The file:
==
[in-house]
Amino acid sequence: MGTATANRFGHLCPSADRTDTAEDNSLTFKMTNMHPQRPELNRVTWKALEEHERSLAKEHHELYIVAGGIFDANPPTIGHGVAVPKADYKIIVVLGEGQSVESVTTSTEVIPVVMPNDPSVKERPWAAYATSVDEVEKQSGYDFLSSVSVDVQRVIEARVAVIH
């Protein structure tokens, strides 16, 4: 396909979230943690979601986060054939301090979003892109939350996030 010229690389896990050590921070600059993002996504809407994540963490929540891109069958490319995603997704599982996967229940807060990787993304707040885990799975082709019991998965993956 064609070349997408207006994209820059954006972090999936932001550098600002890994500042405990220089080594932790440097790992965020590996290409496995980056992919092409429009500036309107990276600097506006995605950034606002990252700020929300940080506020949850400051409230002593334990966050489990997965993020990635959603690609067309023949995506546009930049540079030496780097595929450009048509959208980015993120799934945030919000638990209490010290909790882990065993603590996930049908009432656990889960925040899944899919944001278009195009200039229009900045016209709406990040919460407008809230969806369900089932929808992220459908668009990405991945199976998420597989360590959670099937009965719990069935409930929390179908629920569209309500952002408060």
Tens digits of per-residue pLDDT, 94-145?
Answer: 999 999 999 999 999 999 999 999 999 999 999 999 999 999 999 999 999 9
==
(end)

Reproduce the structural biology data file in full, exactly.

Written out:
[in-house]
Amino acid sequence: MGTATANRFGHLCPSADRTDTAEDNSLTFKMTNMHPQRPELNRVTWKALEEHERSLAKEHHELYIVAGGIFDANPPTIGHGVAVPKADYKIIVVLGEGQSVESVTTSTEVIPVVMPNDPSVKERPWAAYATSVDEVEKQSGYDFLSSVSVDVQRVIEARVAVIH
């Protein structure tokens, strides 16, 4: 396909979230943690979601986060054939301090979003892109939350996030 010229690389896990050590921070600059993002996504809407994540963490929540891109069958490319995603997704599982996967229940807060990787993304707040885990799975082709019991998965993956 064609070349997408207006994209820059954006972090999936932001550098600002890994500042405990220089080594932790440097790992965020590996290409496995980056992919092409429009500036309107990276600097506006995605950034606002990252700020929300940080506020949850400051409230002593334990966050489990997965993020990635959603690609067309023949995506546009930049540079030496780097595929450009048509959208980015993120799934945030919000638990209490010290909790882990065993603590996930049908009432656990889960925040899944899919944001278009195009200039229009900045016209709406990040919460407008809230969806369900089932929808992220459908668009990405991945199976998420597989360590959670099937009965719990069935409930929390179908629920569209309500952002408060």
Tens digits of per-residue pLDDT, 94-145?
Answer: 999 999 999 999 999 999 999 999 999 999 999 999 999 999 999 999 999 9